NCPA - National Center for Policy Analysis

The "Right-To-Know" Cost And Benefits Of Federal Rules

April 20, 1999

Since fiscal year (FY) 1997, Congress has required the White House's Office of Management and Budget (OMB) to report annually on the costs and benefits of federal regulations. There is bipartisan support in Congress to make this report process permanent and strengthen it, says regulatory expert Angela Antonelli.

The Regulatory Right to Know Act of 1999 would require the OMB to report not only aggregate estimates of costs and benefits, but also the costs and benefits of individual rules. The OMB would also be required to develop methods to standardize measures of costs and benefits, and the OMB's regulatory accounting statement would be subject to both peer review and public comment.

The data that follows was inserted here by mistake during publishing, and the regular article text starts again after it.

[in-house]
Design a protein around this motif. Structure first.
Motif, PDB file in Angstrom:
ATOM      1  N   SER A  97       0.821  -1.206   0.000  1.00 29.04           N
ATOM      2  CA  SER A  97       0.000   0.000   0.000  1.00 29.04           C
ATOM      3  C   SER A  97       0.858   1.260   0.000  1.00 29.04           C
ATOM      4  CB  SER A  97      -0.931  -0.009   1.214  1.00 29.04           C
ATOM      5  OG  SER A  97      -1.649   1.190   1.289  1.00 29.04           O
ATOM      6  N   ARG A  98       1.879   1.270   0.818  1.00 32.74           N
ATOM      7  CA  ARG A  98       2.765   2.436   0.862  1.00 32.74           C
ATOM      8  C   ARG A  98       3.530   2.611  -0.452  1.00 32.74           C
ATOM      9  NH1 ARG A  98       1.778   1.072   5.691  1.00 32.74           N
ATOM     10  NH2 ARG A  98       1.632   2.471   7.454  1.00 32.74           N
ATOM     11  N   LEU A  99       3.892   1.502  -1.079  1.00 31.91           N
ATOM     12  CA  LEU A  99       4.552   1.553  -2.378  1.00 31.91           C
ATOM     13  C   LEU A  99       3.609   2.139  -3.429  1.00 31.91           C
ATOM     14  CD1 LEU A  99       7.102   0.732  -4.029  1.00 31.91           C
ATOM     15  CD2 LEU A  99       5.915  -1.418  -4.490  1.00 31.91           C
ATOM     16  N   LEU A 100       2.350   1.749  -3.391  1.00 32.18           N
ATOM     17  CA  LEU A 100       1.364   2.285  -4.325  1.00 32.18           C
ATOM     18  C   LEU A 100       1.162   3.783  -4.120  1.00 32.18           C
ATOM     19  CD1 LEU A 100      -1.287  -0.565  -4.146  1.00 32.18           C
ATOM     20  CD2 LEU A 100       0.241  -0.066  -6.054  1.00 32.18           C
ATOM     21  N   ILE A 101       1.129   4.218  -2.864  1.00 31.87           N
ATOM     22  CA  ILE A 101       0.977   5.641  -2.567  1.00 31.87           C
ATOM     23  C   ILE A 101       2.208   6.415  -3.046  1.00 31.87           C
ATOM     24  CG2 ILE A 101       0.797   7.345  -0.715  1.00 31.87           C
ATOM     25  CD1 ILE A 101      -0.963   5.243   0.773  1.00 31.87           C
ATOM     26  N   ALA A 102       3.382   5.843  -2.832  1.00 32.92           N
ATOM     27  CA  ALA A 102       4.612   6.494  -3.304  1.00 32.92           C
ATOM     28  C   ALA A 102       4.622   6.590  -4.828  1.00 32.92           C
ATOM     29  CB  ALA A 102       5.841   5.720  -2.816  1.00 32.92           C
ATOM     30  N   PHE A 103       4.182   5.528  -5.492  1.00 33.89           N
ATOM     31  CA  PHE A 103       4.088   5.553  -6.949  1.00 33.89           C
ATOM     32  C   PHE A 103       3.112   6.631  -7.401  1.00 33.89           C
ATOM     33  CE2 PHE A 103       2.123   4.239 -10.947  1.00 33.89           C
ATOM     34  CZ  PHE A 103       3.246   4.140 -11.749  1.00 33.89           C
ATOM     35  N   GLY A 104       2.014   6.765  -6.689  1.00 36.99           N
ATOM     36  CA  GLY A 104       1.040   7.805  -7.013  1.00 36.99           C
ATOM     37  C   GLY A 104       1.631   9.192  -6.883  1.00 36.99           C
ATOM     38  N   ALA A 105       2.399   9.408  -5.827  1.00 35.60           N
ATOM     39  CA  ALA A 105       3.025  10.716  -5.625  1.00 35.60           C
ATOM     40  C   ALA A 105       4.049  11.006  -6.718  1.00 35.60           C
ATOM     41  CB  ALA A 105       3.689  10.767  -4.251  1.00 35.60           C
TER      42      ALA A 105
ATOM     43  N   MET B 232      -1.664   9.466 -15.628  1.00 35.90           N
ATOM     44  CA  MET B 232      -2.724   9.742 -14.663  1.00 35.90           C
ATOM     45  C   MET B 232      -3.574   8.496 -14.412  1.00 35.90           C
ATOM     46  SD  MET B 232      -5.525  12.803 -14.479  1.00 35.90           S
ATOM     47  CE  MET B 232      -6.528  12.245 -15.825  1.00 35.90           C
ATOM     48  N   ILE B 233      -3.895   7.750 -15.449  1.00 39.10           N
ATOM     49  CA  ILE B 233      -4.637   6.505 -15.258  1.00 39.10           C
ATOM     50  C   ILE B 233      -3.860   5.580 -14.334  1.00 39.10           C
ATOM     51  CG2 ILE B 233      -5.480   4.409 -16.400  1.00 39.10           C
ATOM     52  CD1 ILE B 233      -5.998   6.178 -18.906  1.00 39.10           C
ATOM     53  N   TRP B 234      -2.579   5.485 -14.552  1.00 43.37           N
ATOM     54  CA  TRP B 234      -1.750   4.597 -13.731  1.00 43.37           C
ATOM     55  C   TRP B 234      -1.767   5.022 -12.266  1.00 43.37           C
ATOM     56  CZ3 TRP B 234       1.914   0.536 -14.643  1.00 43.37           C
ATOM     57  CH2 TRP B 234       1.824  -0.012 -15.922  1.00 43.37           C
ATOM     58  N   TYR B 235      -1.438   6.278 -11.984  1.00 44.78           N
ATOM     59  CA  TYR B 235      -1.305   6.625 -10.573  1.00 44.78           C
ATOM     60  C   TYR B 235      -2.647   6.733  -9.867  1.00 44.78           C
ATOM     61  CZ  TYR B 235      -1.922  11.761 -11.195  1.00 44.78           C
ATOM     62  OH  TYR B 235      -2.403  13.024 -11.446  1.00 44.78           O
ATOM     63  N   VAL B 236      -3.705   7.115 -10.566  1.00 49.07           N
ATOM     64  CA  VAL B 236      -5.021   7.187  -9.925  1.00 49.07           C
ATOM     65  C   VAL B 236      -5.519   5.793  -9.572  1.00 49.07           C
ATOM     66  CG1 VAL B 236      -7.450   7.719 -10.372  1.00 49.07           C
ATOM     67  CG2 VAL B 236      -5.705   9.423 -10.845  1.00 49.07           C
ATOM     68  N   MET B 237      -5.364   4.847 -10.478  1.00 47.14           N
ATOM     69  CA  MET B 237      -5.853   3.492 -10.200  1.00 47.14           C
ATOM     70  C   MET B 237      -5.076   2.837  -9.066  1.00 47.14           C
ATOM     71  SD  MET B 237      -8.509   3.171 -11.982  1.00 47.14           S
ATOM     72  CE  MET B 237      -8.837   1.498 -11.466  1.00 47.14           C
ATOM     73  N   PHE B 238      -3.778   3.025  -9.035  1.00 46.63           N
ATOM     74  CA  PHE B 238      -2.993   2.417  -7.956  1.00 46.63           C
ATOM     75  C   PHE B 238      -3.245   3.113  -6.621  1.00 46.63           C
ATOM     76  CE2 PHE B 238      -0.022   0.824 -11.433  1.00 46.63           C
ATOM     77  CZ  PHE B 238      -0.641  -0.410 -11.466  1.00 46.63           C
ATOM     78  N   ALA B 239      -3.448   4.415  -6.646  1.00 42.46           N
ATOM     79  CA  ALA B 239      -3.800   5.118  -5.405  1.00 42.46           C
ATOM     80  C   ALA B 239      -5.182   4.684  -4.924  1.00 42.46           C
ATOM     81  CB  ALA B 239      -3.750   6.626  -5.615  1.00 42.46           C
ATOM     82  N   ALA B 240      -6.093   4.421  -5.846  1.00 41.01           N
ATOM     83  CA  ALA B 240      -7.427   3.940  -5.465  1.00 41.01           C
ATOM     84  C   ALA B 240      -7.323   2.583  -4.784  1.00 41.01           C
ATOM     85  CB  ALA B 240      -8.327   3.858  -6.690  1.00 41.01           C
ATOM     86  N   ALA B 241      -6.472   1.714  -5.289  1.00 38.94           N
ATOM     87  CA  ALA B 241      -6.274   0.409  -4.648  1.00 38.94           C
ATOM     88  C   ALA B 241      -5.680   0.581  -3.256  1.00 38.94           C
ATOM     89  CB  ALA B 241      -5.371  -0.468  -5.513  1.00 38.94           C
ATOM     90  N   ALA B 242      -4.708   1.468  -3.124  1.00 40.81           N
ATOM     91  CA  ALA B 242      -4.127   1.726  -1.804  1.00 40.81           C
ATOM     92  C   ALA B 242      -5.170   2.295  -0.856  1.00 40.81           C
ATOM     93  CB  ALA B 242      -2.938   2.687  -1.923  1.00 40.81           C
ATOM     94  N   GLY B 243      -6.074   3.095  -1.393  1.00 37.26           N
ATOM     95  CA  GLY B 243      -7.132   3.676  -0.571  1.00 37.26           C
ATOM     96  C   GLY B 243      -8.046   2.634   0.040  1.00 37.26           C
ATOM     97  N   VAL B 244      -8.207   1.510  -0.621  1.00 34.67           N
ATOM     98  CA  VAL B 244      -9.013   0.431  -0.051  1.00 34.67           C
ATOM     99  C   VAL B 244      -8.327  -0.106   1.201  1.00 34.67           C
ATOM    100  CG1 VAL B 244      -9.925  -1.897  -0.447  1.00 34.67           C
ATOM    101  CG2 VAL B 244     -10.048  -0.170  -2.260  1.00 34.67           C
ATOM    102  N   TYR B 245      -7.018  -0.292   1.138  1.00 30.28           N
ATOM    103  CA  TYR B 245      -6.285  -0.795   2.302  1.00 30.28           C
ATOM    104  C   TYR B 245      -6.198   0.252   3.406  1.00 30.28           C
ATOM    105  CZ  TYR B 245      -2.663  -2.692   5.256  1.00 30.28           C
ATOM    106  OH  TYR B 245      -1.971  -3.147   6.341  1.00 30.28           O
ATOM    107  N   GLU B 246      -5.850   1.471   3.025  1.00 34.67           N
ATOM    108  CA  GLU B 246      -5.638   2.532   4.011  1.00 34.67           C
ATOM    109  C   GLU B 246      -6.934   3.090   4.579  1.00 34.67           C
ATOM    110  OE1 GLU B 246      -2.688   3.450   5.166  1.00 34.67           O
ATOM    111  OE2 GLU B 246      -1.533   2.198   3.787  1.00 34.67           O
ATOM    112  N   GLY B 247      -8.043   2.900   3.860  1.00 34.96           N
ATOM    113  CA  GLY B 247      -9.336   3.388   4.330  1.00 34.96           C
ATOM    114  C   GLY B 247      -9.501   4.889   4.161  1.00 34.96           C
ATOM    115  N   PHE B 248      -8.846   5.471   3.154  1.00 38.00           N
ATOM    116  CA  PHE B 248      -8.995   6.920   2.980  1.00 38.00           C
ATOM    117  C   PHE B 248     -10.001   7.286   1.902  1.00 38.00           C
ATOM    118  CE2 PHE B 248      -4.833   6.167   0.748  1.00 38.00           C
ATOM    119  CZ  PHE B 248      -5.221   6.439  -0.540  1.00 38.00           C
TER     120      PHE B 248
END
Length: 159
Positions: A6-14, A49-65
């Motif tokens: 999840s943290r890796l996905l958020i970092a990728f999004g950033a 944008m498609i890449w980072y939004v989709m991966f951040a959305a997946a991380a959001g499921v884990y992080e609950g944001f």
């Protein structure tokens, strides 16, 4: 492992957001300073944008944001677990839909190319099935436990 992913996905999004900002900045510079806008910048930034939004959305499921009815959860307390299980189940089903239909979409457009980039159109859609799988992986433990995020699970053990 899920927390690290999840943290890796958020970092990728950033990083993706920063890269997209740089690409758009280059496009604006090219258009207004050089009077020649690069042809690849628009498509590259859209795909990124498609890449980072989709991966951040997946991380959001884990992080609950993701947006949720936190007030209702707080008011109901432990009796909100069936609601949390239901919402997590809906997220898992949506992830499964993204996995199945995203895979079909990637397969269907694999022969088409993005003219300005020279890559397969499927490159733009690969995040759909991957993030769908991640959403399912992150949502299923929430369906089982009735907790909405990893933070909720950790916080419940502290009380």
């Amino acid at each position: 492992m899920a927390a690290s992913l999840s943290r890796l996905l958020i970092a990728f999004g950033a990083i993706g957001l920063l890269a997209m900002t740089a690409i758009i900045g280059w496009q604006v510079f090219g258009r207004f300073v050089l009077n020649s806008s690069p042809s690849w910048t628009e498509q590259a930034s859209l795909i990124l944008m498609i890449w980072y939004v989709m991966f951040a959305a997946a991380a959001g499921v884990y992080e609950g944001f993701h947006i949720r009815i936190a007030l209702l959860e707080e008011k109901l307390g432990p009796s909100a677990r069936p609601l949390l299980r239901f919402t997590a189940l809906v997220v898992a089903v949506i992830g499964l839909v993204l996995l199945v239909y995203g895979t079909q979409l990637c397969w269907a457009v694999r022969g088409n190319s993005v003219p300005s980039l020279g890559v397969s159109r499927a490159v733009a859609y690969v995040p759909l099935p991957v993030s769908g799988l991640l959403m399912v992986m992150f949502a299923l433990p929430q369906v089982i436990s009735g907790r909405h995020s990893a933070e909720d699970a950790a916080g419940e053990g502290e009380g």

Such requirements would help Congress exercise oversight of the vast regulatory bureaucracy.

  • In FY 1998, some 53 federal departments and agencies -- and 126,146 federal employees--spent approximately $17 billion in writing and enforcing federal regulations .
  • Between April 1, 1996, and March 31, 1999, federal regulatory agencies issued more than 12,925 final rules and sent them to Congress for review, according to the U.S. General Accounting Office.
  • Of these, 188 were major final rules that each carried an estimated annual cost to the economy of more than $100 million, for a total of at least $18.8 billion in new regulatory taxes in the past three years.
  • And this does not even account for the costs of the remaining 12,737 final rules.

The proposed bill would allow Congress to weigh the economic costs and benefits of specific rules, says Antonelli, so that regulations can be targeted to address the most serious problems first.

Source: Angela Antonelli, "Regulatory Right To Know: Tracking The Costs And Benefits Of Federal Regulation," Backgrounder No. 1274, April 20, 1999, Heritage Foundation, 214 Massachusetts Avenue, N.E., Washington D.C. 20002, (202) 546-4400.


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